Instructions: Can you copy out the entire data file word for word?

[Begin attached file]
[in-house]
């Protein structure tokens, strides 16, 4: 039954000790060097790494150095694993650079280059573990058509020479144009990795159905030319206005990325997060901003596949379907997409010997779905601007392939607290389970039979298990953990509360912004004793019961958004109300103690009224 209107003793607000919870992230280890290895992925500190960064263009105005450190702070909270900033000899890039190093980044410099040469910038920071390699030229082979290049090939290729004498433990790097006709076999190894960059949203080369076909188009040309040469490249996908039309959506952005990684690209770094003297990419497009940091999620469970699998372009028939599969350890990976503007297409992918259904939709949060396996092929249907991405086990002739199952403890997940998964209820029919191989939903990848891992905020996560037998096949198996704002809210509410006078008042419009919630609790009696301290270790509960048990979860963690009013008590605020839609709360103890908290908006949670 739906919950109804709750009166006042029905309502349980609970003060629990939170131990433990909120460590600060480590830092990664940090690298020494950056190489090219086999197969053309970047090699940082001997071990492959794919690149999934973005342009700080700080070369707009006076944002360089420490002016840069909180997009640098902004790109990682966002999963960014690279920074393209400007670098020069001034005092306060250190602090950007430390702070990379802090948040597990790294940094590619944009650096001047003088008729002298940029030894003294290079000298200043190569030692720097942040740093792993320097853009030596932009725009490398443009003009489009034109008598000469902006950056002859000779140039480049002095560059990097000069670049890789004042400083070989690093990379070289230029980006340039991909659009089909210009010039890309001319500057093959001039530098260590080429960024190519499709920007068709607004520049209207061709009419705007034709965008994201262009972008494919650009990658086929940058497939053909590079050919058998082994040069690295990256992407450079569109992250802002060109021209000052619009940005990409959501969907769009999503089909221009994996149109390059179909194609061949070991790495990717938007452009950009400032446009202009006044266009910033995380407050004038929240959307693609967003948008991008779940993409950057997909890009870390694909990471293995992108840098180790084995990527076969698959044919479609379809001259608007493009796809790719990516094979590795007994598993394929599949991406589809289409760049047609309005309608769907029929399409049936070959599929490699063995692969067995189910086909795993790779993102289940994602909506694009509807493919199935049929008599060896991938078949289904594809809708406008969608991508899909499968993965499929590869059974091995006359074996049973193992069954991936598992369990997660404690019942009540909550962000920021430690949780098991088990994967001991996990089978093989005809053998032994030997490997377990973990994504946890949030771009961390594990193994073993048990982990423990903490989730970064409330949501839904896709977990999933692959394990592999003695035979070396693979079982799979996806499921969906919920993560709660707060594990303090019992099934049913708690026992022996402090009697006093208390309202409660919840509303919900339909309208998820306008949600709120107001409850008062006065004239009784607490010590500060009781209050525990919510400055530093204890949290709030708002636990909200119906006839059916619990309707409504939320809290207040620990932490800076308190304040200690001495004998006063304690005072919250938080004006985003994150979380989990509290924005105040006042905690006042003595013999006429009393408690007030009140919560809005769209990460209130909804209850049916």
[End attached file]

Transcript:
[in-house]
């Protein structure tokens, strides 16, 4: 039954000790060097790494150095694993650079280059573990058509020479144009990795159905030319206005990325997060901003596949379907997409010997779905601007392939607290389970039979298990953990509360912004004793019961958004109300103690009224 209107003793607000919870992230280890290895992925500190960064263009105005450190702070909270900033000899890039190093980044410099040469910038920071390699030229082979290049090939290729004498433990790097006709076999190894960059949203080369076909188009040309040469490249996908039309959506952005990684690209770094003297990419497009940091999620469970699998372009028939599969350890990976503007297409992918259904939709949060396996092929249907991405086990002739199952403890997940998964209820029919191989939903990848891992905020996560037998096949198996704002809210509410006078008042419009919630609790009696301290270790509960048990979860963690009013008590605020839609709360103890908290908006949670 739906919950109804709750009166006042029905309502349980609970003060629990939170131990433990909120460590600060480590830092990664940090690298020494950056190489090219086999197969053309970047090699940082001997071990492959794919690149999934973005342009700080700080070369707009006076944002360089420490002016840069909180997009640098902004790109990682966002999963960014690279920074393209400007670098020069001034005092306060250190602090950007430390702070990379802090948040597990790294940094590619944009650096001047003088008729002298940029030894003294290079000298200043190569030692720097942040740093792993320097853009030596932009725009490398443009003009489009034109008598000469902006950056002859000779140039480049002095560059990097000069670049890789004042400083070989690093990379070289230029980006340039991909659009089909210009010039890309001319500057093959001039530098260590080429960024190519499709920007068709607004520049209207061709009419705007034709965008994201262009972008494919650009990658086929940058497939053909590079050919058998082994040069690295990256992407450079569109992250802002060109021209000052619009940005990409959501969907769009999503089909221009994996149109390059179909194609061949070991790495990717938007452009950009400032446009202009006044266009910033995380407050004038929240959307693609967003948008991008779940993409950057997909890009870390694909990471293995992108840098180790084995990527076969698959044919479609379809001259608007493009796809790719990516094979590795007994598993394929599949991406589809289409760049047609309005309608769907029929399409049936070959599929490699063995692969067995189910086909795993790779993102289940994602909506694009509807493919199935049929008599060896991938078949289904594809809708406008969608991508899909499968993965499929590869059974091995006359074996049973193992069954991936598992369990997660404690019942009540909550962000920021430690949780098991088990994967001991996990089978093989005809053998032994030997490997377990973990994504946890949030771009961390594990193994073993048990982990423990903490989730970064409330949501839904896709977990999933692959394990592999003695035979070396693979079982799979996806499921969906919920993560709660707060594990303090019992099934049913708690026992022996402090009697006093208390309202409660919840509303919900339909309208998820306008949600709120107001409850008062006065004239009784607490010590500060009781209050525990919510400055530093204890949290709030708002636990909200119906006839059916619990309707409504939320809290207040620990932490800076308190304040200690001495004998006063304690005072919250938080004006985003994150979380989990509290924005105040006042905690006042003595013999006429009393408690007030009140919560809005769209990460209130909804209850049916």